Art and Politics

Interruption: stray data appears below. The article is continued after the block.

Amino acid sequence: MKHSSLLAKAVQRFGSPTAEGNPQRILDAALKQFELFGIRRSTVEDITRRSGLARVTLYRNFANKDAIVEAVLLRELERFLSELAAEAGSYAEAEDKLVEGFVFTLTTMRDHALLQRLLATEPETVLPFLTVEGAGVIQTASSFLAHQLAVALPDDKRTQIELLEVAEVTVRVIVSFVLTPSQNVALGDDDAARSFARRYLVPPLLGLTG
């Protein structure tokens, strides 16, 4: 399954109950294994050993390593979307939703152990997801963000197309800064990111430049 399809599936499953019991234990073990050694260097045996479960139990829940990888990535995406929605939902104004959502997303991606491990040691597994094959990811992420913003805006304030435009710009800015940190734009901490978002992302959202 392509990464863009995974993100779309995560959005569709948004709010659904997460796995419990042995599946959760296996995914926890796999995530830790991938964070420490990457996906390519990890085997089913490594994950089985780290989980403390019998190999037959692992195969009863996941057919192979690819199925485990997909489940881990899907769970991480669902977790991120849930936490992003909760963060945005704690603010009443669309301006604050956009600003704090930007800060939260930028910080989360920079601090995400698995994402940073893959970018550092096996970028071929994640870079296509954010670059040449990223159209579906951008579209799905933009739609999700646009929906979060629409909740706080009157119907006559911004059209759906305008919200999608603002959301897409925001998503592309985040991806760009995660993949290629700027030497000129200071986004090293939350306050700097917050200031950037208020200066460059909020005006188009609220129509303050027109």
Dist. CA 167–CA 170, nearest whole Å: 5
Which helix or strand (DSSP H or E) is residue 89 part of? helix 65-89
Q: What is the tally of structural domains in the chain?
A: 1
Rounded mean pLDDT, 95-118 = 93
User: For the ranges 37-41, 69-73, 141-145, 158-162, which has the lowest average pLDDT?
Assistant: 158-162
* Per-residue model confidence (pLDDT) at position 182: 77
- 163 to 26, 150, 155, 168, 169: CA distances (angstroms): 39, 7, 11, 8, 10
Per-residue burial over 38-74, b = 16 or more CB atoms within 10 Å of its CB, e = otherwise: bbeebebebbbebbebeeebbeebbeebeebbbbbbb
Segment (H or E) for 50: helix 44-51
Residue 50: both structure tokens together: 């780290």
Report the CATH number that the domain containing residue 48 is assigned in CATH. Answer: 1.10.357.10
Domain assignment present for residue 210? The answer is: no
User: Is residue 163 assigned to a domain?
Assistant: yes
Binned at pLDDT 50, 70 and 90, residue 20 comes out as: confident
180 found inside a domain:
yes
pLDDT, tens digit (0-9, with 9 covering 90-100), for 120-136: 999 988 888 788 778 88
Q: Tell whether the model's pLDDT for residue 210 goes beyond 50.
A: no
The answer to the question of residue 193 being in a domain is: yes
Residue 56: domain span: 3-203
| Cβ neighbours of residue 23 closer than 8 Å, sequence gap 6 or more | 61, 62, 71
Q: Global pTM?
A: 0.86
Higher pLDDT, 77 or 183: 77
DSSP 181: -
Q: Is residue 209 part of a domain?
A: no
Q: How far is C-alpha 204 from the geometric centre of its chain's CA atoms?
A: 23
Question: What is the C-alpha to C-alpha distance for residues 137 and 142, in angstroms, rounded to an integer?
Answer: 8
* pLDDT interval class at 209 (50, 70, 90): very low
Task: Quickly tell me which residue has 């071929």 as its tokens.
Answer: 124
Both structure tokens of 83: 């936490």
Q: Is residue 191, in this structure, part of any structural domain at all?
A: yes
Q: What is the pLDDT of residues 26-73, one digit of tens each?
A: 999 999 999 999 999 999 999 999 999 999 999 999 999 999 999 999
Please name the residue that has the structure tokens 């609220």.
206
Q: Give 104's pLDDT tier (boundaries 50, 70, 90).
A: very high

Although these technical developments encouraged many landscape photographers to move to colour ,there were other factors that provoked the move too. These were more to do with shifts in contemporary culture and politics and the emergence of the colour photographic print as the increasingly preferred medium of the fine artist. Contemporary landscape photographers now make work largely for an art gallery audience . They also undertake well-researched thematic projects which are ideologically or geographically specific rather than produce a melange of their ‘greatest hits’ . Grant aid and sponsorship has helped exhibitions and publications of landscape work reach a wide public .The variety of possibilities for the dissemination of work has offered photographers who want to engage with enviromental issues and the politics of the countryside platforms for their ideas and beliefs . Opportunities to comment critically on the effects of industrialisation , ownership and access , commodification of heritage , and even concerns relating to race, class , and gender have been taken up by photographers who live in a post-industrial , postmodern world that would have seemed unimaginable in 1920 . Photographers like Robert Adams *, Keith Arnatt , John Davies , Fay Godwin*, John Kippin , Karen Knorr , Ingrid Pollard , Richard Misrach* , Jem Southam , for example , reflect the diversity of ideologies and styles - from descriptive documentary forms , ironic juxtapositions , revealing narratives to the application of text to images which give added cultural and political references - that have become the photographic currency of today .